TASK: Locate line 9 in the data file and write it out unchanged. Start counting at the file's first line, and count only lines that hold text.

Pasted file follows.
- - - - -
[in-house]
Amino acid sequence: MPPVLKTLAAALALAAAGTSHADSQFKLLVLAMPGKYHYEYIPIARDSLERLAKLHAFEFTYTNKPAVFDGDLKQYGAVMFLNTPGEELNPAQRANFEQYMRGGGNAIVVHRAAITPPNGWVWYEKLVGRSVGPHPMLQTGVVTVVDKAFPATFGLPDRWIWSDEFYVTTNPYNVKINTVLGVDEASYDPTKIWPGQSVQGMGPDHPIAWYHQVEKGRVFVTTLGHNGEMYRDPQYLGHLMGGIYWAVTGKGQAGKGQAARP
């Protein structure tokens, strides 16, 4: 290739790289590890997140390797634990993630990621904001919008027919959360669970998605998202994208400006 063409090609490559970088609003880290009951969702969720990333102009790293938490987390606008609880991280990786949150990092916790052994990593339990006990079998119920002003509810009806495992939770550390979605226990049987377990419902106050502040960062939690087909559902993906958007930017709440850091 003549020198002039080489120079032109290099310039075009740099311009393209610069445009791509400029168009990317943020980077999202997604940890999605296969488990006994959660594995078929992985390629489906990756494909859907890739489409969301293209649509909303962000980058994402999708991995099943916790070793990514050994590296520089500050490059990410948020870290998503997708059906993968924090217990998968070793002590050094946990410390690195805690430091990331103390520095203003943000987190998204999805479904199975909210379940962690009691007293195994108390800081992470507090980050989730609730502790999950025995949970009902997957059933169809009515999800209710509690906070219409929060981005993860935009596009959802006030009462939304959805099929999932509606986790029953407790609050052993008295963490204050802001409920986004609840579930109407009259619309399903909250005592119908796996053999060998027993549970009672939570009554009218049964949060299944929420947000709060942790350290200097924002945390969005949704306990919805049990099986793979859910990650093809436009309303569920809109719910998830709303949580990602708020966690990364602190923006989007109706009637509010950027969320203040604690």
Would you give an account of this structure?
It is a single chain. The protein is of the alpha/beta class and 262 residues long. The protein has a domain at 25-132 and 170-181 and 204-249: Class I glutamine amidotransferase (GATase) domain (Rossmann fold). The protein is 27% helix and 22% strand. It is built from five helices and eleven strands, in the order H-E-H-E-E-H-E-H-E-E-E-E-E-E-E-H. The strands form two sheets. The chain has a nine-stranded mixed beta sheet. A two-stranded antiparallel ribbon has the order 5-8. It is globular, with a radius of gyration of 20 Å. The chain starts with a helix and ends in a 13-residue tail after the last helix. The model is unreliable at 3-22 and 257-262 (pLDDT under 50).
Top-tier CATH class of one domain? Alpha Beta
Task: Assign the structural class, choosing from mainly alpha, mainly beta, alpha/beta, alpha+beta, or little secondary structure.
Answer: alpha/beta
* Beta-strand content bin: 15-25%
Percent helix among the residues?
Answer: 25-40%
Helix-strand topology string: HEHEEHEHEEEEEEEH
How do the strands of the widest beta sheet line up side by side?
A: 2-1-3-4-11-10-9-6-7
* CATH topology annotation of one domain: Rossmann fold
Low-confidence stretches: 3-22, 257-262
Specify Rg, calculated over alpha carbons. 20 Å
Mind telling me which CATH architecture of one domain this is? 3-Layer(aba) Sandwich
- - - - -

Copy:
* Beta-strand content bin: 15-25%